The almost general mediocrity of fortune that prevails in America, obliging its people to follow some business for subsistence, those vices that arise usually from idleness, are in a great meastire prevented. Industry and constant employment are great preser. vatives of the morals and virtue of a nation. Herice bad examples to youth are more rare in America, which must be a comfortable consideration to pa. rents. To this may be truly added, that serious religion, under its various denominations, is not only tolerated, but respected and practised Atheisin is unknown there; and infideliiy rare and secret ; so that persons may live to a great age in that country wi:hout having their piety shocked by meeting with

either an athiest or an infidel. And the Divine po ing seems to have manifested his approbation of the mutual forberance and kindness with which the different sects treat each other, by the remarkable prosperity with whioh he has been pleased to favou the whole country.

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Of Embargoes upon Corn, and of the Poor.

In inland high countries, remote from the sea, and whose rivers are small, running from the country, and not to it, as is the case with Switzerland; great distress may arise from a course of bad harvests, if public graneries are not provided, and kept well stored. Anciently, too, before navigation was so general, ships so plenty, and commercial transactions so well established ; even maratime countries might be occasionally distressed by bad crops. But such is now the facility of communication between those countries, than an unrestrained commerce can scarce ever fail of procuring a sufficiency for any of them. If indeed any government is so imprudent as to lay its hands on imported corn, forbid its exportation, or compel its sale at limited prices, there the people may suffer some famire from merchants avoiding their ports. But wherever, commerce is known to be always free, and the merchant absolute master nf his commodity, as in Holland, there will always be a reasomable supply.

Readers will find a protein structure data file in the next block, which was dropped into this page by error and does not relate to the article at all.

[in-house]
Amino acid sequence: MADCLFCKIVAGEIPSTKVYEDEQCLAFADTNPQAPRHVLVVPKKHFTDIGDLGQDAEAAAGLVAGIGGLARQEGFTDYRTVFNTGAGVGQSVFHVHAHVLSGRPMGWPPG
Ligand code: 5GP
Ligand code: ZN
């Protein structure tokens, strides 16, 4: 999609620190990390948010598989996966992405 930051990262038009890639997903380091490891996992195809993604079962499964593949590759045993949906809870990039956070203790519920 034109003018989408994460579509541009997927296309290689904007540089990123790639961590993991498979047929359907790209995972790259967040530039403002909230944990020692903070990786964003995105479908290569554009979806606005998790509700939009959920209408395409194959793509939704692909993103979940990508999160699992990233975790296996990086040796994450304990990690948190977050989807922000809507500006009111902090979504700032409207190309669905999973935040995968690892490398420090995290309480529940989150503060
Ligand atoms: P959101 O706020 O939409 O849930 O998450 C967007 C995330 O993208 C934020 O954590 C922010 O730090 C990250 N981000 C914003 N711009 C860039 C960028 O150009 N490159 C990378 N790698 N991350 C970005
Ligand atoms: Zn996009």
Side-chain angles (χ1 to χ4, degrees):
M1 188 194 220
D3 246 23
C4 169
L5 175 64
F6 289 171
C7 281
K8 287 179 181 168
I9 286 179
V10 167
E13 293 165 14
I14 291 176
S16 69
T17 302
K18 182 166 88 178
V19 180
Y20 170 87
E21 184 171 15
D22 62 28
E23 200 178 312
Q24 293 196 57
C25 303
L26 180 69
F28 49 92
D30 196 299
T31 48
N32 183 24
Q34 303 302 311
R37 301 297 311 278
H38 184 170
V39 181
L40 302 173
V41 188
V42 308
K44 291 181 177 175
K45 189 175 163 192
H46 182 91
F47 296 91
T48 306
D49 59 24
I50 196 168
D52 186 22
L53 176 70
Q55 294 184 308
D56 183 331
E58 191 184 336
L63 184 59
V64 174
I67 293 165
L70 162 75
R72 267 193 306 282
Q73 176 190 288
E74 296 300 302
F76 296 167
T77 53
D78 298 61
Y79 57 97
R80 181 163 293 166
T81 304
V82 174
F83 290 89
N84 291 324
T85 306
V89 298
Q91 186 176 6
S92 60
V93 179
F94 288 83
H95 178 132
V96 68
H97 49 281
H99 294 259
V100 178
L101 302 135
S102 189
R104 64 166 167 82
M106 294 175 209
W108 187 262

When an exportation of corn takes place, occa. sioned by a higher price in some foreign countries, i

18 common to raise a clamour, on the supposition that we shall thereby produce a doinestic famine. Then follows a prohibition, founded on the imaginiry dis. tresses of the poor. The poor, to be sure, if in dis. tress, should be relieved ; bu isthe fariner could have a high price for his corn from the foreign demand, must he by a prohibition of exportatiun be compelled to take a low price, not of the poor oily, but of every one that eats bread, even the richest? The duty o ielieving the poor is incumbent on the richi; but by vis operation the whole burden is laid on the farmer who is to relieve the rich at the same time. Or the 900.", too, tnose who are maintained by the parishes Lave no right to claim this sacrifice of the fariner: as while they have their allowance, it makes no differ. mce i tliein, whether bread be cheap or clear. Those vorking poor, who now mind business only five or four days in the week, if bread should be su dear as tu oblige them to work ihe whole six requirent Loy the commandment, do not seem to be aggrievec, so as to have a right to public redress. There wil then remain, comparativeiy, only a few families is every distsict, who fioin sicknuss or a gr at number of children, will be so distressed by a hich price of corn, as need relief; and these should be tak n care uf by particular berefactions, without restraining the farmer's profit.